Maxar contacted the Estonian company, as they took an interest in the camera models they found in the company’s portfolio that seemed to be a close fit for their purpose. “We then started detailed discussions with them, which lasted almost one year before signing the contract. We were able to discuss everything necessary in time, building a business relationship that reached the result,” added Halapuu.

CrystalSpace developed the camera solution together with Tartu Observatory of the University of Tartu and IoT and autonomous systems development company Krakul. “We had a tight schedule, but since we had worked with our partners on various projects before, we knew we could count on everyone being able to meet the deadlines,” commented Kristjan Tozen, CEO of Krakul. CrystalSpace delivered system integration and the design and optics of the camera in cooperation with Tartu Observatory.

As CrystalSpace already had a working camera model in their portfolio, the key aspect of product development was determining what needed to be adjusted to meet Maxar’s specific requirements. Product development included industrial design, firmware development, electronics development, software development, mechanical design, testing, and verification. Tozen noted that they were fortunate to have excellent partners in Estonia, with several of them also having previous experience with space technology. Krakul handled industrial design, firmware, and electronics development and partnered with Insero for mechanical design and Tauria for software development.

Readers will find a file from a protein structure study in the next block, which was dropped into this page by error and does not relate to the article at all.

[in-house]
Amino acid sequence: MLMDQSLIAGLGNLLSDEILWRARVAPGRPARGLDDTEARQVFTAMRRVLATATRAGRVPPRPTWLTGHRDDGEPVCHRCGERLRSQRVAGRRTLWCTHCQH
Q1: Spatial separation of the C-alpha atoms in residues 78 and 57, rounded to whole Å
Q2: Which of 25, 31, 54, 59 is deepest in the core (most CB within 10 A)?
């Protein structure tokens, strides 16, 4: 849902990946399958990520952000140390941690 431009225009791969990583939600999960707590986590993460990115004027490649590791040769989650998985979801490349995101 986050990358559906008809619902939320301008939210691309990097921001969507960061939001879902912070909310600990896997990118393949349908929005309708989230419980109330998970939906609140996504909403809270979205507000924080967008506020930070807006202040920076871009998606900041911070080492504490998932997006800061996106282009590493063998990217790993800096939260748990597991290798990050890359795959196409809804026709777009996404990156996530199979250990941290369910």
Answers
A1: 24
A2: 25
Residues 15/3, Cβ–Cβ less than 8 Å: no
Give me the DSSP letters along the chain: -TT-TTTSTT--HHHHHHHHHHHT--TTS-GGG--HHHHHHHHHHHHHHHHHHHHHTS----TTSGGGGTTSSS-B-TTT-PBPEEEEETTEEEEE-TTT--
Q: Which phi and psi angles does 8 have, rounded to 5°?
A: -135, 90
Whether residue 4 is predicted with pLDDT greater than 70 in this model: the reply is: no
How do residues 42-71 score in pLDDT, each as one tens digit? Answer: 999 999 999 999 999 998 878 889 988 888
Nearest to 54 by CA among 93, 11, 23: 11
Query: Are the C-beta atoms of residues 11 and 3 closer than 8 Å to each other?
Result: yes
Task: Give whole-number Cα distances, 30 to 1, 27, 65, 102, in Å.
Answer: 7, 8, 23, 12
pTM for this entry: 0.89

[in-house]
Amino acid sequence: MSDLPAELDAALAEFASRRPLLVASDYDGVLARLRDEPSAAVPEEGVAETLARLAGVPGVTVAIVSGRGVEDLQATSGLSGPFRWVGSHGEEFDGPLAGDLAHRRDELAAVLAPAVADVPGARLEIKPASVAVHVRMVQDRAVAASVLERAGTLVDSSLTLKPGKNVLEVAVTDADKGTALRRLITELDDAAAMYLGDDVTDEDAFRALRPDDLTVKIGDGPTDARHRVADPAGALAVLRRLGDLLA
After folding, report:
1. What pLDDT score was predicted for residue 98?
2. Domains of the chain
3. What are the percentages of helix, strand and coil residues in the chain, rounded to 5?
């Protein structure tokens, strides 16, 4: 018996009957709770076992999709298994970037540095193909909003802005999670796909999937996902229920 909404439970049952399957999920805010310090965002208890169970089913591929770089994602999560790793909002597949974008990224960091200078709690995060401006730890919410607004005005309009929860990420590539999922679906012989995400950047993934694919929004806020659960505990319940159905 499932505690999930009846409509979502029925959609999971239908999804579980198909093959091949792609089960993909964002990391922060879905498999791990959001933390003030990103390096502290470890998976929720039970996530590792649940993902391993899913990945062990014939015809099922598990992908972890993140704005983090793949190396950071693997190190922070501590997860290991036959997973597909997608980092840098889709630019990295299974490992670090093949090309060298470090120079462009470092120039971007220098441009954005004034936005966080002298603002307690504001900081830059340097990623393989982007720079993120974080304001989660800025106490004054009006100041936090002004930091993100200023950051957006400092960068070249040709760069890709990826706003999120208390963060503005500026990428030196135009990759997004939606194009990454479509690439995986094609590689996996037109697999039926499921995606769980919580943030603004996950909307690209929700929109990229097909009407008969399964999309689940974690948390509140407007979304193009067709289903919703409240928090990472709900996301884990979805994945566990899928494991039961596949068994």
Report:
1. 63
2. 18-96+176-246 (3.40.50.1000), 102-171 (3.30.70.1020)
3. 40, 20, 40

The Moon camera project

The first step was understanding the constraints and challenges of designing a product for space conditions as well as limitations on the design of the camera body. One of the key takeaways was that the two stereo cameras built for the lunar mission must withstand extreme conditions. “During take-off and the entire mission, the cameras will be subjected to extreme conditions and temperatures from -173 to +100 degrees Celsius on the Moon. Considering the demanding environmental conditions, the engineers had to find suitable surface treatments for the various components to ensure the performance of the electronics and the protection of the camera body itself from environmental influences. The design engineers printed out the exact camera body model with a 3D printer to ensure the electronics, optics, and parts fit together and work reliably. The cameras are made of high-quality aluminum, also used in the aircraft industry,” explained Tozen. During the design process, possible effects of vibration and temperature changes were tested on the design solution with corresponding simulations.